An exciting new promotion that will lose us lots of customers

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Like me, you have probably had a less than happy experience when claiming a discount or reward at a store or restaurant.

For me, it came to a head a few years ago when a bunch of friends and I went to a restaurant with a “buy one main meal get another free” voucher. When I went to pay and handed over the voucher the manager was visibly displeased and scolded me. He said I should have told them about the voucher when we ordered. This made me wonder why that mattered. Would my meal be different in some way if they knew up front that they had to give it to me for free?
 
This turned a pleasant experience into an unpleasant one, and we never went back there again. So, a voucher intended to increase business ended up doing the exact opposite. They were always going to lose the cost of the meal, but they chose to lose a customer as well.
 
They were actually spending money to drive customers away.
 
In a world where the availability of choices is increasing we hear more and more that the way to differentiate is not on price, but on customer service.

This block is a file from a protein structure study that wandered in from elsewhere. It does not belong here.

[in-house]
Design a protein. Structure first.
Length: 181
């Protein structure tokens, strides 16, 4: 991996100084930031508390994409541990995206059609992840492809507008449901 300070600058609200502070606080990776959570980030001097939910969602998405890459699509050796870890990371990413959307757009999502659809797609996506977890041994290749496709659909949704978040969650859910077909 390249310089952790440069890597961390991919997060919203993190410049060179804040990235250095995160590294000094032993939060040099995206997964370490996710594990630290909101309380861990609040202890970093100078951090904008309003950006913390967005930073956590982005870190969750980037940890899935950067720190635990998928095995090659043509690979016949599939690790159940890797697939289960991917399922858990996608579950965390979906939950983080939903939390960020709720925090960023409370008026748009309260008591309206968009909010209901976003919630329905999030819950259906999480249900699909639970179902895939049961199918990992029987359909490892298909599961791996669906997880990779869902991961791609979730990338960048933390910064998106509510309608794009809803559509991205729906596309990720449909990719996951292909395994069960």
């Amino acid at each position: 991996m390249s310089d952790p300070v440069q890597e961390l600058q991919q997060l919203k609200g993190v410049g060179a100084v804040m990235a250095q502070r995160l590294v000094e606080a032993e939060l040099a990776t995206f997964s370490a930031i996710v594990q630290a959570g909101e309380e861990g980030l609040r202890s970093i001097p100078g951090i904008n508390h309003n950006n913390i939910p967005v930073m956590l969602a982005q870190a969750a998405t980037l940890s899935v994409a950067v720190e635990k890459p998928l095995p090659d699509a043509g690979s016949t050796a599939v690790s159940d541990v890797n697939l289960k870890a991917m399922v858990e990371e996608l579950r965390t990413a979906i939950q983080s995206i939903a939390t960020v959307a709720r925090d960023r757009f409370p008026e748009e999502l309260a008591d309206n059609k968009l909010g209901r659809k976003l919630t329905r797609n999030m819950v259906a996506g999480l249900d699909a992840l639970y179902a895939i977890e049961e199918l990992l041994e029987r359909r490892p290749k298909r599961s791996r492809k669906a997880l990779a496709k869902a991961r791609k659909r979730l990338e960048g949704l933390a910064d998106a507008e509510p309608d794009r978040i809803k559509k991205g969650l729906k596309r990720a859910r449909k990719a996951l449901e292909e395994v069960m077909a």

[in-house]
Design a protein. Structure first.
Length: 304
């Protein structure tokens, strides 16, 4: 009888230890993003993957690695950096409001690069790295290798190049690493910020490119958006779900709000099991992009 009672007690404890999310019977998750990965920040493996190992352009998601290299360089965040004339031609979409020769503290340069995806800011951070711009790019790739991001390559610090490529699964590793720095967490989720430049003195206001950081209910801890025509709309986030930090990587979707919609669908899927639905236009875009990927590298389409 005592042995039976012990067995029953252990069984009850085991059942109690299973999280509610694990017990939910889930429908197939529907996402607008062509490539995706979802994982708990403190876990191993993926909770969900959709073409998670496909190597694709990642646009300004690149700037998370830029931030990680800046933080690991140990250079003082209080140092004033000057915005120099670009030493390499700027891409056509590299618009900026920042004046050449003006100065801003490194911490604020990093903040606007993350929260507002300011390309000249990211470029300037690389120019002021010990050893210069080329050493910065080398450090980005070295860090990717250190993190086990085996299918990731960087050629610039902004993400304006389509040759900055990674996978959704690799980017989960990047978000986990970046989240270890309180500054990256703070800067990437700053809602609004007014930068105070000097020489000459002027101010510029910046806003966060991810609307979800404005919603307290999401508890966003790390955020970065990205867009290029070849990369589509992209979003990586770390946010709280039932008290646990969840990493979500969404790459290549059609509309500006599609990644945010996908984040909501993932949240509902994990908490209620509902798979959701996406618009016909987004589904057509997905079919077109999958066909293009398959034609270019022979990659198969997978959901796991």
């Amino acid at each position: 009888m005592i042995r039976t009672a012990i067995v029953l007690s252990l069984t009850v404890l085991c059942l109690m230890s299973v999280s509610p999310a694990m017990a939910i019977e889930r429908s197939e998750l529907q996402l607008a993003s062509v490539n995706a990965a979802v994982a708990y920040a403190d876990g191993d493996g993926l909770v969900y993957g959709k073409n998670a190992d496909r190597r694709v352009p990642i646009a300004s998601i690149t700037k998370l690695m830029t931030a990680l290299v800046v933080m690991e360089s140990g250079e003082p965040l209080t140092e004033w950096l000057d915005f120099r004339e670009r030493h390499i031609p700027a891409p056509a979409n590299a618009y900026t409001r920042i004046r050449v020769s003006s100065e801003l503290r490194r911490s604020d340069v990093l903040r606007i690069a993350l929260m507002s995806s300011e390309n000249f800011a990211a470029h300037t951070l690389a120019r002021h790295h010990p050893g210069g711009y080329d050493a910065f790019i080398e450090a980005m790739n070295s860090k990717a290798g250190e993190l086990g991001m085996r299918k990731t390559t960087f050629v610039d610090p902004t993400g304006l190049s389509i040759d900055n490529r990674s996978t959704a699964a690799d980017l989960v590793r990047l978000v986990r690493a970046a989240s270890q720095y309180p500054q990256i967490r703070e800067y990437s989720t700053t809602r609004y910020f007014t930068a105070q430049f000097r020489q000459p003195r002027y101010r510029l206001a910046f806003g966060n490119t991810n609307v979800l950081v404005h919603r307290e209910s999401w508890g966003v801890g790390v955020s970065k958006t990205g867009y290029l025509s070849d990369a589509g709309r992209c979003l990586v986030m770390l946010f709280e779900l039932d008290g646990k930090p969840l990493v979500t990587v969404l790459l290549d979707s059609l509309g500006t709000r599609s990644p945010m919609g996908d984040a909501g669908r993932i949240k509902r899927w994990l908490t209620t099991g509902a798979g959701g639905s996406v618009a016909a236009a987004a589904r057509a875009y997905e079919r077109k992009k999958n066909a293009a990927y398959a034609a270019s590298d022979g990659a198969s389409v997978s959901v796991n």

You use a promotion to lure people in, but you keep them with the positive feeling they get from the experience.
 
There are a lot of schemes like this. I bought a game console from a store at Christmas and noted that a competitor had a cheaper price. The girl at the counter immediately looked up the item on the internet and found it somewhere else even cheaper still. She then sold it to me for that price with a smile on her face and a thank you for coming. For days I told everyone I met how great it was.
 
A customer that is drawn in by a scheme and wants to participate will not stay a customer if they feel disappointed, embarrassed, frustrated, or cheated at the outcome.
 
So, if you are going to embark on one of these schemes you better be prepared to do it properly, or not at all. Commit to giving away what you said you would give away, and do it happily.
 
Otherwise it will end up that you have spent a lot of money and effort to ensure that your objectives fail.

Steven Hafey

Steven Hafey

Steven Hafey is a Technical Business Analyst for ERP vendor Pronto Software.

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